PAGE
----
A resident of Ambal Nagar, who has been dumping his household garbage at the road behind Olympia Tech Park, blames SIDCO officials for systemic glitches. “There are no bins. Door-to-door collection of garbage is not effective, as the collectors come at an odd time. I can’t let my house stink,” he says. 

The pictures below are a stark portrayal of the state of infrastructure in the estate today.

Behind the Olympia Tech Park: Lorries parked on pedestrian space and cattle grazing at a garbage dump.

Unkept promises

SIDCO  however is loath to hand over the reins to Chennai Corporation for maintenance. Whenever a picture of neglect is published by any media, they clean up the mess temporarily. Permanent solution, however, is a far cry.

Trucks and lorries that carry goods to these industries are parked randomly, leading to traffic chaos. If a written complaint is submitted, the area manager and the team inspect the locality, warn the truck owners and clear the road. Such measures leave the roads free for a maximum of two days.

The body took forever to design a parking strategy for the trucks. Only recently did the area manager, Bharathi of SIDCO, assure citizens that parking would not create a problem, as charges would be collected from mid-October. However, there is no transformation evident till date, as heavy vehicles continue to remain parked everywhere.

Efforts in vain

Olympia Tech Park, Deccan Chronicle and a team of residents had submitted multiple complaints to SIDCO about the poor management. Olympia Tech Park, as part of its CSR initiative, volunteered to take on the greening of dumping sites by planting trees, if SIDCO would permit that. Permission was granted for one stretch of the road, after months of persuasion.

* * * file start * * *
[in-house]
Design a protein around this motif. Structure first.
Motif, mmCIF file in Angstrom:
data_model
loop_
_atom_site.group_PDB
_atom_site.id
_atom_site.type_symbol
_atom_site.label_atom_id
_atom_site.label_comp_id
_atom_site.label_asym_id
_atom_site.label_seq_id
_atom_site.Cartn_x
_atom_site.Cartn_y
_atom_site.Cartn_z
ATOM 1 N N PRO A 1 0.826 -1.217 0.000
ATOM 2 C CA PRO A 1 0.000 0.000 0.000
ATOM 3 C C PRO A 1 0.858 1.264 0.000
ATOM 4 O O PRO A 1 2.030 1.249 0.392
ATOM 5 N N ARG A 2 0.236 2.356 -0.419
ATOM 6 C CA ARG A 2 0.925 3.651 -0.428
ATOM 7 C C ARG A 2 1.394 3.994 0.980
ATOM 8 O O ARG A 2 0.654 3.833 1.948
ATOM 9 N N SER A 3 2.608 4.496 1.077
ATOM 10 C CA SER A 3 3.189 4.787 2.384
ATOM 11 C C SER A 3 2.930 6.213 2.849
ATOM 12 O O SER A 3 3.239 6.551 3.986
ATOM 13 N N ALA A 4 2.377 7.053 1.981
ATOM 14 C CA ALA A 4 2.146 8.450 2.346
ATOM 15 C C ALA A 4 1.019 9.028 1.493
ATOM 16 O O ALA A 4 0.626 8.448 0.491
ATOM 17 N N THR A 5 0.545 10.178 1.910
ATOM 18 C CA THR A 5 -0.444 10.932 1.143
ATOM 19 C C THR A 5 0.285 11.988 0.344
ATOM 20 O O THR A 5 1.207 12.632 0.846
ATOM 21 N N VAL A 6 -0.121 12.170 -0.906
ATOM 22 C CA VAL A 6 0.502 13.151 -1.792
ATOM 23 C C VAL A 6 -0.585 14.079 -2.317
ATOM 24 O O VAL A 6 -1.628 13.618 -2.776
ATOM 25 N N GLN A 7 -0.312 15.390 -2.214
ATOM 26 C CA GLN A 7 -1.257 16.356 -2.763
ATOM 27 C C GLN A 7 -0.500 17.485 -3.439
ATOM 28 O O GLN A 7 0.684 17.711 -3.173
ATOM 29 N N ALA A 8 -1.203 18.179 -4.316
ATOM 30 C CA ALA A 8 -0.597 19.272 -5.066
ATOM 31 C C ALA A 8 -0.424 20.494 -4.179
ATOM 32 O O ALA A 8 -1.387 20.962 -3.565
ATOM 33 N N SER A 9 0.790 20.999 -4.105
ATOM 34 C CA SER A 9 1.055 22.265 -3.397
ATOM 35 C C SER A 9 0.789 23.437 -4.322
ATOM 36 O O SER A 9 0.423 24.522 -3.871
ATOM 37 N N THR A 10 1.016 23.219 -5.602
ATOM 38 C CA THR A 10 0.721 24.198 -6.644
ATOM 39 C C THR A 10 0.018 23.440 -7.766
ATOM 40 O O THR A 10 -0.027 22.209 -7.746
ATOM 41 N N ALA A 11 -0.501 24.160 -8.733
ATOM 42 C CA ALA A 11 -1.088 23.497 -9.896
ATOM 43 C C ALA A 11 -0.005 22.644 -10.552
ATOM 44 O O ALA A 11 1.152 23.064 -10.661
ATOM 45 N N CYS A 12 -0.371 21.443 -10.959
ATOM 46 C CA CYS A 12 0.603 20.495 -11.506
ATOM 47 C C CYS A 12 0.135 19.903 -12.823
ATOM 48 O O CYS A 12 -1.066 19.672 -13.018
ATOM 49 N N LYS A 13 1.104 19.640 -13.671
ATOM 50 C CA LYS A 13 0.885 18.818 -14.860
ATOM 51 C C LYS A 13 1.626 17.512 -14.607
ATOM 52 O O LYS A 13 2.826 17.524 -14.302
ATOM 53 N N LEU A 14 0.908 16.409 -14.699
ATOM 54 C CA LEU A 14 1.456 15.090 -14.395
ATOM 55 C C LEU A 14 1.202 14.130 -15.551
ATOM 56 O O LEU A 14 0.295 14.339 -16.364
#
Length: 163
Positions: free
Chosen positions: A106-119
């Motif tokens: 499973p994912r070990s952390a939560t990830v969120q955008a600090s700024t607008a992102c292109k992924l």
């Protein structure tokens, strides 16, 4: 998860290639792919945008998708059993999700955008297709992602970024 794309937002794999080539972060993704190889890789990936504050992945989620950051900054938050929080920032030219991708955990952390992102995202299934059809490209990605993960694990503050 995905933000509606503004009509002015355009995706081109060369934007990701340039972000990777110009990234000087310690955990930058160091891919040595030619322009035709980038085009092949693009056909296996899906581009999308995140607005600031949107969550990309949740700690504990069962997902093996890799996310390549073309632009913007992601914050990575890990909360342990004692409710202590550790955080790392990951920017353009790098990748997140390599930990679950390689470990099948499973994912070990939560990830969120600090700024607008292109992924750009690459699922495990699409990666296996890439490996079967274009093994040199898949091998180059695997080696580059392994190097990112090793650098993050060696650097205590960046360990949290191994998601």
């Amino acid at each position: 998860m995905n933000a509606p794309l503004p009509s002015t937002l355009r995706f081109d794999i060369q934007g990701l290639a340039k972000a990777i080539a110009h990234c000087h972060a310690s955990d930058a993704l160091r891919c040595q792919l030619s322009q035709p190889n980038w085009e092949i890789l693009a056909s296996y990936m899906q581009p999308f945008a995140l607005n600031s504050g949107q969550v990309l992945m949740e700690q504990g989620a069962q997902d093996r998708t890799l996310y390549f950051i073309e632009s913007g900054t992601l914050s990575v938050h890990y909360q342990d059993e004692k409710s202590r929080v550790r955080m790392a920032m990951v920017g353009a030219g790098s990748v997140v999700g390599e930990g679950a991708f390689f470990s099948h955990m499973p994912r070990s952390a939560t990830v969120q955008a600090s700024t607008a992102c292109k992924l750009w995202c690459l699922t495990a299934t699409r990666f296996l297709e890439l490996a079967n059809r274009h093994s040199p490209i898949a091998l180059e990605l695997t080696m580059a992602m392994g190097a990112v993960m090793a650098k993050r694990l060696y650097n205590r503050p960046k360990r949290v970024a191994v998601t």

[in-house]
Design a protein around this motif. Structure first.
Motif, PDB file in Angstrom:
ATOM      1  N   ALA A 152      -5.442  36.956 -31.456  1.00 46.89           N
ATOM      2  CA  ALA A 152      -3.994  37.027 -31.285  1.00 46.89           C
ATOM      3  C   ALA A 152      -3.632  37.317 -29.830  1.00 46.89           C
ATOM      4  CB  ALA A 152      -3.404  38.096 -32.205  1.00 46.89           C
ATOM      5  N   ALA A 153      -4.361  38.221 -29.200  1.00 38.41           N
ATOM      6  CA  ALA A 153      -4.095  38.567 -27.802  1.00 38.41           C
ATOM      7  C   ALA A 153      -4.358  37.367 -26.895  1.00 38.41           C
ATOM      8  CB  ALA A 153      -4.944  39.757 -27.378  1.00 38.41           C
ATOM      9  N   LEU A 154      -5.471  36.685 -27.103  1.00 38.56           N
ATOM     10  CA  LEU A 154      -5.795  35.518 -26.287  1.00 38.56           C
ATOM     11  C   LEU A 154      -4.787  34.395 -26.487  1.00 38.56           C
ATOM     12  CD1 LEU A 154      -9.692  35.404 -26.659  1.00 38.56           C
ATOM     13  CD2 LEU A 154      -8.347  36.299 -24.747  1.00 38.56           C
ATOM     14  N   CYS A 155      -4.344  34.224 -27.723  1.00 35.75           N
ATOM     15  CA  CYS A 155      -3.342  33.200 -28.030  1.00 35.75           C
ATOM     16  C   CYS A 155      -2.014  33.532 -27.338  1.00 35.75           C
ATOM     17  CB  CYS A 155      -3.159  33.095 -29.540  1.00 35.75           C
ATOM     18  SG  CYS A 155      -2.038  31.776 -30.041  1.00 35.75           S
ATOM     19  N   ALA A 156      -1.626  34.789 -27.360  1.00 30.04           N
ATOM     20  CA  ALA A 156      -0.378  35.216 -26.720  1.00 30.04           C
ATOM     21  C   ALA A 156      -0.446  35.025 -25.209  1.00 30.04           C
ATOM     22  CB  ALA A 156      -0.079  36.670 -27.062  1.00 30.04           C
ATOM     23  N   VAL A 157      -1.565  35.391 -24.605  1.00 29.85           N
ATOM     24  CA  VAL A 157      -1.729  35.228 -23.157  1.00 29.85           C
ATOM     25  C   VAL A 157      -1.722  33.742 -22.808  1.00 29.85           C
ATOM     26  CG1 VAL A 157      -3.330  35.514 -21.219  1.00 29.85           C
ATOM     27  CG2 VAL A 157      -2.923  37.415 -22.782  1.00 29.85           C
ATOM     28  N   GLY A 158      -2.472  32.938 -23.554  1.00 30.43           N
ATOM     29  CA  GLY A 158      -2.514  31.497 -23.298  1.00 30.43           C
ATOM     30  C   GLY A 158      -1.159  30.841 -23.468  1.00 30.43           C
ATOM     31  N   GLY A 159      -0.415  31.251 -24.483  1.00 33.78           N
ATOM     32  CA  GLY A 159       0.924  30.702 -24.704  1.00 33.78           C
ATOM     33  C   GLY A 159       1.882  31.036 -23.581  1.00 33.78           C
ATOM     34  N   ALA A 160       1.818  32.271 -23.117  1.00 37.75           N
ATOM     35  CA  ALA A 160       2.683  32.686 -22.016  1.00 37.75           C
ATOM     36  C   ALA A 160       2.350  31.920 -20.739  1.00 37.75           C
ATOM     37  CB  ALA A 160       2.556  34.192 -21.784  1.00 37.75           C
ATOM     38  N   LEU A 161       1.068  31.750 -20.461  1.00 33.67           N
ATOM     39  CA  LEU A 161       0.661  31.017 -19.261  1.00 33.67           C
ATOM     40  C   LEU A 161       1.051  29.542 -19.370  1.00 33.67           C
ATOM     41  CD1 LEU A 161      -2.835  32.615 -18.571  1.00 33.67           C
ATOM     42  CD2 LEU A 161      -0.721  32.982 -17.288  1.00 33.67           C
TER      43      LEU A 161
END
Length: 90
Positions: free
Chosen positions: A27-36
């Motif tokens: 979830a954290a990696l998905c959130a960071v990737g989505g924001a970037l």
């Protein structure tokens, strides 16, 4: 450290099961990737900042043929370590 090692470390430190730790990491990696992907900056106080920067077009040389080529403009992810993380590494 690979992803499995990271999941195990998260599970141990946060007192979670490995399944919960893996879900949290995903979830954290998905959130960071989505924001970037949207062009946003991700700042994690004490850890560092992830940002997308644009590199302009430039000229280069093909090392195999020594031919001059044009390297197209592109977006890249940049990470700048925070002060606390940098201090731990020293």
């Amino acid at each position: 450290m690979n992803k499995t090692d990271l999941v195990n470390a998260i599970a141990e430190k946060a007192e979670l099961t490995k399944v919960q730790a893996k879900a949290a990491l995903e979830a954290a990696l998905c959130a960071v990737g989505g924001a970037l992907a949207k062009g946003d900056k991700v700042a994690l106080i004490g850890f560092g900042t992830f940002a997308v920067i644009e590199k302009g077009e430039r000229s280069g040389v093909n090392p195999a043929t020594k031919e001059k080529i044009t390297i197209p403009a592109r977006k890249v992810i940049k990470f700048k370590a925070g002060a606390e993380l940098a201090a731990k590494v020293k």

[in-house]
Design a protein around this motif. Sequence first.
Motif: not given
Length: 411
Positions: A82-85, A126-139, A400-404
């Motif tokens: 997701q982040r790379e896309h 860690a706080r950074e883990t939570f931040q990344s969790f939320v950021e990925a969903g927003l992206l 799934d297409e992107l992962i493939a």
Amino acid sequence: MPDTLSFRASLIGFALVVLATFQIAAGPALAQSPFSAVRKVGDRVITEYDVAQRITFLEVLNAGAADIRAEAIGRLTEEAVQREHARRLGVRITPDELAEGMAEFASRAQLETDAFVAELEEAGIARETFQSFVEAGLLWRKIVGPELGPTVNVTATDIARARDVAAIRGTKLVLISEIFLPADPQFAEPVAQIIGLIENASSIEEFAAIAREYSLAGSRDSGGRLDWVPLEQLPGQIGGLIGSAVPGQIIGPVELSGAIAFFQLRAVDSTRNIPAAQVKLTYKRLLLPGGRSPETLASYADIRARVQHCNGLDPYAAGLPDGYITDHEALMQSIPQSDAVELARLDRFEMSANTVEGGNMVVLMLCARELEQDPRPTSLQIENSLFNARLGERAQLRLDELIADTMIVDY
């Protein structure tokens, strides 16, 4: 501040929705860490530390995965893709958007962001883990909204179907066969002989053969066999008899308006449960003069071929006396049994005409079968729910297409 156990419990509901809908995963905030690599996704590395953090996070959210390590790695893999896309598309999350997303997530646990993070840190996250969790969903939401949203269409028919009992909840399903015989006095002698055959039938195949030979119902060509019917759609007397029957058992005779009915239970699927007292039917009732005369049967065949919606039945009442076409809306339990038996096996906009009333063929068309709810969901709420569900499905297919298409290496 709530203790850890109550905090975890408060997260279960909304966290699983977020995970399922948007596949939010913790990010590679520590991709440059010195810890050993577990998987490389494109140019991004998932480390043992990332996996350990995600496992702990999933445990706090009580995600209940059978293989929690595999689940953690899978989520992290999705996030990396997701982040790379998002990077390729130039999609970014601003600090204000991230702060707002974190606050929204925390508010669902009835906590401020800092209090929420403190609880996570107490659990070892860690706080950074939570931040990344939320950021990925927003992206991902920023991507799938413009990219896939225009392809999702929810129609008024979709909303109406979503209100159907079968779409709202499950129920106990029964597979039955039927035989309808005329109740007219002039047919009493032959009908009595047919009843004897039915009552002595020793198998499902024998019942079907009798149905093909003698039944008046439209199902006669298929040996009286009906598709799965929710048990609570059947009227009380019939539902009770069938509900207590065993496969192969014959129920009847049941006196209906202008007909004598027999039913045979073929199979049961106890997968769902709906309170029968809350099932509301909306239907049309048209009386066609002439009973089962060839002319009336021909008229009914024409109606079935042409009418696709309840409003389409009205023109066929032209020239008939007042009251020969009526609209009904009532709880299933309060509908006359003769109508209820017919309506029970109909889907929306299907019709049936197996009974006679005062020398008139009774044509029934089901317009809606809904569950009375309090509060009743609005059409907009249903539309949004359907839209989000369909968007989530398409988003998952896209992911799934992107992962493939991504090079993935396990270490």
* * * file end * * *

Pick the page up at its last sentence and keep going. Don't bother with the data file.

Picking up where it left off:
Pictures of poor management sent by this reporter to top officials of SIDCO including the former Managing Director of SIDCO, Apoorva IAS and Additional Chief Secretary, SIDCO, Mangat Ram Sharma met with no fruitful response.

“We left no stone unturned. We volunteered to work with SIDCO on the issues of garbage and parking management. But there has been very late or little response,” said a senior official from Olympia Tech Park.  

Traders hit hard

For the traders, who learnt entrepreneurship in the estate, moving out is a tough choice. The slippery potholes during rains and stagnant roads are something they put up with, year after year. But why?

T Ranganathan, who owns an electronics shop said that the estate works out to be economical for them. “Since it is a hotspot in terms of location of office spaces, it offers great chances for budding entrepreneurs to build their business. Poor civic amenities are a minus, but we have no choice,” Ranganathan says.

But their livelihood does get hit hard by civic issues sometimes. “The potholes in front of my shop are the reason why I lost many customers, especially motorists,” says a trader who sells groceries in Poomagal Main Road. The pothole filled, garbage littered road provides a horrendous ride for the motorists, who prefer to not go that way.

E Ramarajan, who supplies water cans says that the EB wires dangling in front of his shop pose a great risk, especially during rains.

With such issues putting hundreds of entrepreneurs, thousands of residents and road users in a spot, the future of SIDCO appears uncertain.